First of all I'd want Sachin to be on the tour. More than being cricketers, we are friends. He is like an elder brother to all of us. For more than personal reasons, I would want him because he is a huge influence on the team. He not only has experience, but the way he shares his experience with his team-mates is very special. Selection doesn't matter to me. Initially, for the first four-five years, it used to affect my mindset. Throughout my Test career, I have always been in up and down situations - where every innings, every series has been important to me. But since 2000, my mindset has changed. Because I have been batting in the middle order and also performing consistently. I now only think about things that I can control. I have to go out and get runs. Selection is not in my control.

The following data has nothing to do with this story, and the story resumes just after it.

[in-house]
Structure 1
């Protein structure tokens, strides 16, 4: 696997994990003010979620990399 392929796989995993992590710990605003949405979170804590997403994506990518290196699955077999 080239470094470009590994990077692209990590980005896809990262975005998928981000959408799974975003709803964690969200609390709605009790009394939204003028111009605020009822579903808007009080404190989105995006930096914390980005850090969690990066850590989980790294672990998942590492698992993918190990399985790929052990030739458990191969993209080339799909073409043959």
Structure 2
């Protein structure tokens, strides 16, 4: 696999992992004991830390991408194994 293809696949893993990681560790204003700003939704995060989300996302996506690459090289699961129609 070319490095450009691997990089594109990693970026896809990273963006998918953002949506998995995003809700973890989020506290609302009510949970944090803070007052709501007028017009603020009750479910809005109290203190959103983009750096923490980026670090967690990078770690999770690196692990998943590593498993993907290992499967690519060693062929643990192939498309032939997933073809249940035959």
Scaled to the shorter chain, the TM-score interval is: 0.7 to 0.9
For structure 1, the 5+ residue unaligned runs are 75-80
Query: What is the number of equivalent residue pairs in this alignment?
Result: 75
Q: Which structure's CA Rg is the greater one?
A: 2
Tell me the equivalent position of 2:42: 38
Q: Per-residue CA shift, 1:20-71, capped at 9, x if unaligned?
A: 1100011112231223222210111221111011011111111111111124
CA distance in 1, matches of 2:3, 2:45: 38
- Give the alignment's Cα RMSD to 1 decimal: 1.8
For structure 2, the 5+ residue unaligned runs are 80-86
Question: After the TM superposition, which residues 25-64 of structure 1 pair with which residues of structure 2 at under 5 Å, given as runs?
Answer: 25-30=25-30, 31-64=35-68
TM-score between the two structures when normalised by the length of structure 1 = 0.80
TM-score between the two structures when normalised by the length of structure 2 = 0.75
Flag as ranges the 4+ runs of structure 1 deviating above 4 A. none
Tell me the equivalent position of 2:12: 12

Selection doesn't matter to me. Initially, for the first four-five years, it used to affect my mindset. But since 2000, my mindset has changed. Because I have been batting in the middle order and performing consistently. I now only think about things that I can control.
Ever felt insecure with the changing game plan?
I was never insecure when Chappell said they would be sticking with five bowlers. But, I was disappointed to miss out on playing at Mohali and Mumbai. After 2005 in Zimbabwe, I have been doing consistently. It definitely hurt being left out.
Do you need to tell yourself every night that you are still the match-winner you were?